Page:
From here on, he made his way towards another significant section, introduced in the carnival for the first time. By the efforts of the Director, Government Museum, Sector 10, Mr V.N. Singh, the physically challenged kids from the city got their rightful place in the venue. They indulged in creativity, moulding dead clay into forms, which reflected their vitality and creativity to the hilt. Engaged in musical activity on the other side were the elders who sang in the memory of K.L. Saighal, whose centenary celebrations are under way. This part of the corner was handled by the Environment Society of India, which also got the Multani and Jhang troupes to perform in the carnival.

While the kids, along with senior artists like S.S. Bhatti, Aditya Prakash and others, dabbled in art inside the artists’ corner, two master potters played with clay right outside. Mamni Devi from Amritsar and Prabhati Kumar from Chandigarh’s Kumhar Colony created interesting forms out of mud. The items thus created will later be given to the challenged kids as prizes.

Earlier, the carnival opening was marked by a colourful procession of floats and tableaux, structured by students of various city colleges, including DAV College and Government College of Art, Sector 10. School students also formed a part of the procession which filled the city roads with life.

Traffic corner

For the first time perhaps, the Chandigarh Traffic police had organised such an elaborate display of exciting road safety devices. While from a distance one wondered if they really fitted into the scheme of the carnival, at a closer look one was sure they pretty much did. On display, apart from the alcometer (used to test breath for alcohol) and speed checking radars, were a range of safety devices that can be used on roads. It is another matter that many of these are not being used much in the city right now.

Road safety cones stood right at the entrance. Made of special plastic material, these cones help reducing the quantum of damage during accidents. If a vehicle hits the cone, it does not waver. Instead, it comes back to the original state. Not many traffic cones are used in Chandigarh.

Another device being shown is the spring post, which reduces accidents by providing an advanced warning. The rubber speed bumps and rumblers are also on the display along with potable traffic barriers, which are also not being used in Chandigarh. All these devices are being locally manufactured by Mr S.S. Anand in Sector 31. He supplies devices to the New Delhi Municipal Corporation.

Naqaals, the charmers

Known for his connection with the Neelam Mansingh’s theatre group, Meher Chand Mastana, along with his group of naqaals (folk performers), were today heard striking traditional melodies.

The group which features Munna Lal on the tumba, Amarjit on dhol, dafli and chimta and Mastana himself on the vocals and the gaung (an instrument famous for its resonance), has, interestingly, travelled all over the world, with Neelam Mansingh, who was the first theatre artiste to put the folk charms of naqaals to maximum use. No wonder, her productions pulsate with life.

All about art

There is nothing to beat the spirit of Government Art College students, who made the Carnival worthwhile. The best creations of the whole show, without doubt, were the 10-odd floats which these students had created on the theme of “young and vibrant” Chandigarh. The most striking among all the floats was the guitar, which reflected the joy of music and colour. Other floats drew on the forms of butterfly, peacock, sunflower, birds, among others. The futuristic float, which showed a colourful Chandigarh Airlines office, was particularly appealing.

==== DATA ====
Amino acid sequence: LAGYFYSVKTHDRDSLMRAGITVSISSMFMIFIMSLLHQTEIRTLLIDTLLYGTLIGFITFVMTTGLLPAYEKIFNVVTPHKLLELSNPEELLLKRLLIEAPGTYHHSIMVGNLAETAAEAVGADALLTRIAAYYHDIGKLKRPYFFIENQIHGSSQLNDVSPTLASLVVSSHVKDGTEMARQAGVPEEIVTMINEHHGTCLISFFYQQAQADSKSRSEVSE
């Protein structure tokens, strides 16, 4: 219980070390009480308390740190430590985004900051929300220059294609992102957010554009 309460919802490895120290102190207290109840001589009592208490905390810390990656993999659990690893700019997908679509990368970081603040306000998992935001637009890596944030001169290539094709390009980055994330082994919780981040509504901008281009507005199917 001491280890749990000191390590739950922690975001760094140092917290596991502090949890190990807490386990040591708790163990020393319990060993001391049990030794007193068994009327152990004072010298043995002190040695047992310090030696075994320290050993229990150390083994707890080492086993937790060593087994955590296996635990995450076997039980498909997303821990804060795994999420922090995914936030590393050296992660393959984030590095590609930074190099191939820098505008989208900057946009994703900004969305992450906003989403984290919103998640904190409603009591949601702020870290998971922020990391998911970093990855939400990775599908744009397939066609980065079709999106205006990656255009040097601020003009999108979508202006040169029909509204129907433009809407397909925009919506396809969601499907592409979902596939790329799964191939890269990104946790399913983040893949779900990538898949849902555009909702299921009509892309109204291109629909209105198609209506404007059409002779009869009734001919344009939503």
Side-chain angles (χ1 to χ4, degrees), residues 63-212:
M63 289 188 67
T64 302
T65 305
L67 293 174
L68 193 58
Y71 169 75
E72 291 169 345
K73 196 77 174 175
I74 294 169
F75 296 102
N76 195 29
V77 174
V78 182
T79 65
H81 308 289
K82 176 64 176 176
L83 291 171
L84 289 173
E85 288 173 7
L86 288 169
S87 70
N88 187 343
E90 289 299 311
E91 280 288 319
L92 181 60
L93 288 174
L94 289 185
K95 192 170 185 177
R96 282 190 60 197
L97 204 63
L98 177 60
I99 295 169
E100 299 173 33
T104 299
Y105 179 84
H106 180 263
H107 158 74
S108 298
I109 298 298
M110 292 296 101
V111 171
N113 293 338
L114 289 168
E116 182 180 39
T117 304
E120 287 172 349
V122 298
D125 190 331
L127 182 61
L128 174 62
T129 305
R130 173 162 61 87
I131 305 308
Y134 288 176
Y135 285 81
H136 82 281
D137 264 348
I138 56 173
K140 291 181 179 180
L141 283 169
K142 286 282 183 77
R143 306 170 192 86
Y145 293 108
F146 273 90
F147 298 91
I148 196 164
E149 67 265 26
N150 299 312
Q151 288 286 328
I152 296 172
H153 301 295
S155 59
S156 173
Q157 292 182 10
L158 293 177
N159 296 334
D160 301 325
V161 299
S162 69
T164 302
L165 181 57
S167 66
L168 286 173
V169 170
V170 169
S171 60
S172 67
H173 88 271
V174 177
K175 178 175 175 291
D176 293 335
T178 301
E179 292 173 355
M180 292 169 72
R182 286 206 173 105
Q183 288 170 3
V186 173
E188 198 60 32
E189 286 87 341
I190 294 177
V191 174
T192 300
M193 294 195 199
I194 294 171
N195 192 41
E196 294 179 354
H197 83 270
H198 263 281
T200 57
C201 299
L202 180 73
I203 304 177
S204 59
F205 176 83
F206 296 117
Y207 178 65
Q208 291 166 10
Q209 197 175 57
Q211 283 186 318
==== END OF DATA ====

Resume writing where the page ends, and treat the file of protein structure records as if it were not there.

The art college students had also put up stalls where they charmed visitors with their face painting, tattooing and sketching skills. Virender Rana and Vijay Kumar, students of the college, even won the Governor’s appreciation when they made his portrait in the morning. Among the other things being sold by the art college students are — candles, bookmarks, greeting cards, envelopes, tattoos. All these items have been made by students themselves.

Friends of children

Balancing fun and creativity, the Carnival attracted great crowds. Among the most frequented stalls were the ones put up by Centre for Education and Voluntary Action (CEVA) and Jodo Gyan, a Delhi-based NGO which makes educational toys. Jodo Gyan, being represented by Komal, has displayed a wide range of educational toys to help children understand the concepts of geometry and arithmetic. The most sought after toy was the abacus, used to teach the concepts of carry over and counting. Friends of Children’s corner, put up by CEVA, was full of parents solving science puzzles.

Architecture corner

The students of Chandigarh College of Architecture (CCA) did well to hold special contests for children, who were given blocks and asked to create forms out of them. Prizes were also given away later. Another interesting thing they did was showcase five architectural designs, made by former CCA students. All the displayed projects have been approved by the respective governments and are under way at the selected sites. These include — the Osho Community Project at Najafgarh (Haryana) designed by Neetu; IT Park project at Greater Noida, designed by Anjali Ahuja; Infosys Park near Kishangarh, Chandigarh; designed by Shivani Mathur; Amity University project, Noida, designed by Manira Randev. All these architects are former CCA students.

Creative writers

The Chandigarh Sahitya Akademi’s creative writing contest attracter 55 entries in Hindi, Punjabi and English sections. There were contests in two categories — essay and poetry — in all the three languages. Interestingly, the Chairperson of the Akademi, Maj Gen Himmat Singh Gill (retd), did not wait for the formal inauguration to start the creative writing competition. So when the Governor visited his area, the kids were already half way through with their writing. The topic was “Why I love Chandigarh?” The first, second and the third prizes comprised cash of Rs 500, 400 and 300, respectively. All kids were given participation certificates.